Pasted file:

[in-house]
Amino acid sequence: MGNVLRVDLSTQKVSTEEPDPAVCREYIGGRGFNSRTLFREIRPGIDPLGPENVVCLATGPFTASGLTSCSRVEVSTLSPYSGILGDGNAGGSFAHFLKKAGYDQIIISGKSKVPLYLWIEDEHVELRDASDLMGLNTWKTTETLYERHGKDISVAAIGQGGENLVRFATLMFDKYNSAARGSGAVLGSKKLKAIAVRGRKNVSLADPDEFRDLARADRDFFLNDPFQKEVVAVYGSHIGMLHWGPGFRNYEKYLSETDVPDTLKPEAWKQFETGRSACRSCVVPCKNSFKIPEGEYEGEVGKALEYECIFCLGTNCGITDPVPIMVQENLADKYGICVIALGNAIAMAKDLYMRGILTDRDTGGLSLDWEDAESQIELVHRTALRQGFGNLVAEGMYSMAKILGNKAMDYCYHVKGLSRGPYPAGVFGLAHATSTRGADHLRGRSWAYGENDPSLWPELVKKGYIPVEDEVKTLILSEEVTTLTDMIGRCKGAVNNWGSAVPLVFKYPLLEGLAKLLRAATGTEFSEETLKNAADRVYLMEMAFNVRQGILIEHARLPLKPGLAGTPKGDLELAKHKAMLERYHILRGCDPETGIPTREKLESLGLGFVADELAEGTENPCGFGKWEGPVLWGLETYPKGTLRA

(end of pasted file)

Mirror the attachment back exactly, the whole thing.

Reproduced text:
[in-house]
Amino acid sequence: MGNVLRVDLSTQKVSTEEPDPAVCREYIGGRGFNSRTLFREIRPGIDPLGPENVVCLATGPFTASGLTSCSRVEVSTLSPYSGILGDGNAGGSFAHFLKKAGYDQIIISGKSKVPLYLWIEDEHVELRDASDLMGLNTWKTTETLYERHGKDISVAAIGQGGENLVRFATLMFDKYNSAARGSGAVLGSKKLKAIAVRGRKNVSLADPDEFRDLARADRDFFLNDPFQKEVVAVYGSHIGMLHWGPGFRNYEKYLSETDVPDTLKPEAWKQFETGRSACRSCVVPCKNSFKIPEGEYEGEVGKALEYECIFCLGTNCGITDPVPIMVQENLADKYGICVIALGNAIAMAKDLYMRGILTDRDTGGLSLDWEDAESQIELVHRTALRQGFGNLVAEGMYSMAKILGNKAMDYCYHVKGLSRGPYPAGVFGLAHATSTRGADHLRGRSWAYGENDPSLWPELVKKGYIPVEDEVKTLILSEEVTTLTDMIGRCKGAVNNWGSAVPLVFKYPLLEGLAKLLRAATGTEFSEETLKNAADRVYLMEMAFNVRQGILIEHARLPLKPGLAGTPKGDLELAKHKAMLERYHILRGCDPETGIPTREKLESLGLGFVADELAEGTENPCGFGKWEGPVLWGLETYPKGTLRA